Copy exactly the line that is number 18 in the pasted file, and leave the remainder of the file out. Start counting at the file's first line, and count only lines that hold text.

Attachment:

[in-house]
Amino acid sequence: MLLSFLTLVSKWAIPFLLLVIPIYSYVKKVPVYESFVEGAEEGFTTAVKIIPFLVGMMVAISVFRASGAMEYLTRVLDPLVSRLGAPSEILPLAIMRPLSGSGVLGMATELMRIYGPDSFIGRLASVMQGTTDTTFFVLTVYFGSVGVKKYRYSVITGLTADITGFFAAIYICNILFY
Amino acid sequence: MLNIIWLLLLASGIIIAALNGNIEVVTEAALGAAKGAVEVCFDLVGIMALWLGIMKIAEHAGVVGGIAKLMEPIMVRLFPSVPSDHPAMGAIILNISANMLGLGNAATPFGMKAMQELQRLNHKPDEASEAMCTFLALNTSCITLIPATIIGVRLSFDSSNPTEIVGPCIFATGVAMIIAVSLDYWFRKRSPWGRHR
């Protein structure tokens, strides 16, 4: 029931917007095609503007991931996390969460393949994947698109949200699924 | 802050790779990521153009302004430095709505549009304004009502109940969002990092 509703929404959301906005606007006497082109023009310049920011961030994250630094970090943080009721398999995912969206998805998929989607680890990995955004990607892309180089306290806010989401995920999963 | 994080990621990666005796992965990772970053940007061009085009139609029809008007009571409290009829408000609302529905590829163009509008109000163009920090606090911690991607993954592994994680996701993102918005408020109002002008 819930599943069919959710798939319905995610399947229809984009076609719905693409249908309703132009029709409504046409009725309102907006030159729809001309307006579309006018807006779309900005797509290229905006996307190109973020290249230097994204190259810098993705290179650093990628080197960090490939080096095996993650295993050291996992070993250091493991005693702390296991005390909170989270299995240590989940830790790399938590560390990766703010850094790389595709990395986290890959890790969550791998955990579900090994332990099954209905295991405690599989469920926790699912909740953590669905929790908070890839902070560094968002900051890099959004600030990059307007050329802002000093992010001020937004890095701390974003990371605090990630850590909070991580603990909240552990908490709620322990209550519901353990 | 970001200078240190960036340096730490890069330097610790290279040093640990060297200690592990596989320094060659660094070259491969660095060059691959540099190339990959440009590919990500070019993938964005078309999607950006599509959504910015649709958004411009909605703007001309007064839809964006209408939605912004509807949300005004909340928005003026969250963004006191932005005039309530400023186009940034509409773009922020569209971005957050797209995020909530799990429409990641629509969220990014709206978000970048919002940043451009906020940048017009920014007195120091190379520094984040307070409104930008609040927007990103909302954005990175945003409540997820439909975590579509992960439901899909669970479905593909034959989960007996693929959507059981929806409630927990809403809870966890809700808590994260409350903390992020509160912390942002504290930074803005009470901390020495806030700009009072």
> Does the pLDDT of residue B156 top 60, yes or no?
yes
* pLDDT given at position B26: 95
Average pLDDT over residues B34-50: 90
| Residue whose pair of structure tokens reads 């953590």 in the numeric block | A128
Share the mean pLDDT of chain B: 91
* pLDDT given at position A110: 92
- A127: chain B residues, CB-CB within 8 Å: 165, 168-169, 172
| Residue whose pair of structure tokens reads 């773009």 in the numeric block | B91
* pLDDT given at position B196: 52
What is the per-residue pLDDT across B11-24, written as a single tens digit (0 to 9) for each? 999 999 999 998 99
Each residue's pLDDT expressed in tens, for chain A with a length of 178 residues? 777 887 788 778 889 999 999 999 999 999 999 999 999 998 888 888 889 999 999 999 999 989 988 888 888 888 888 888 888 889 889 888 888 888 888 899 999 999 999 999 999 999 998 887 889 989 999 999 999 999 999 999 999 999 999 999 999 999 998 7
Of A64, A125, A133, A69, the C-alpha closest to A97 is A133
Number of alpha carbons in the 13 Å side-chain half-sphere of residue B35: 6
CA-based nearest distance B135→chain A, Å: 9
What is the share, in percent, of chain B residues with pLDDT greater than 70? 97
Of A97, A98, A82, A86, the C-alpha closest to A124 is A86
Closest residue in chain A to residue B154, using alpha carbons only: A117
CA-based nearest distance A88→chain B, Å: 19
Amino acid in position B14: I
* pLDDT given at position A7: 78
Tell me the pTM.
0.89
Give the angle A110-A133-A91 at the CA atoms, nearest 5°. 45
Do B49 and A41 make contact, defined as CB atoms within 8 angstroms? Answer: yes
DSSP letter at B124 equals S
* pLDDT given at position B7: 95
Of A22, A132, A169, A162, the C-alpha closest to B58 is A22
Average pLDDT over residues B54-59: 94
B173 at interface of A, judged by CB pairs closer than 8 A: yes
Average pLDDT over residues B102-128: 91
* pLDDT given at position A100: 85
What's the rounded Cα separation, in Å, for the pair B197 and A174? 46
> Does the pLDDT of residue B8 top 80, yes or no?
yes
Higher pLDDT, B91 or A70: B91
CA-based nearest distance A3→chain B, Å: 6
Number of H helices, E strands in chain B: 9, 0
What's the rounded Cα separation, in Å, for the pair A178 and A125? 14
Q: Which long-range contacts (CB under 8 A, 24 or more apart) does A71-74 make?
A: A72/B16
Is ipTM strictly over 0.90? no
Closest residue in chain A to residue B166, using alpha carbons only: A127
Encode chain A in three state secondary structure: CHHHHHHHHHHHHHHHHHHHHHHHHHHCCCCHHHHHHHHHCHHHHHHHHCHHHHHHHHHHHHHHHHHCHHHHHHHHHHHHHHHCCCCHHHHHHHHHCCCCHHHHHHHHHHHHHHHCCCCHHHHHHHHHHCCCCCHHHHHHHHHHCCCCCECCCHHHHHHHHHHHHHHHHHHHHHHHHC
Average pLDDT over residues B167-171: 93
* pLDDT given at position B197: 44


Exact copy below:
Number of alpha carbons in the 13 Å side-chain half-sphere of residue B35: 6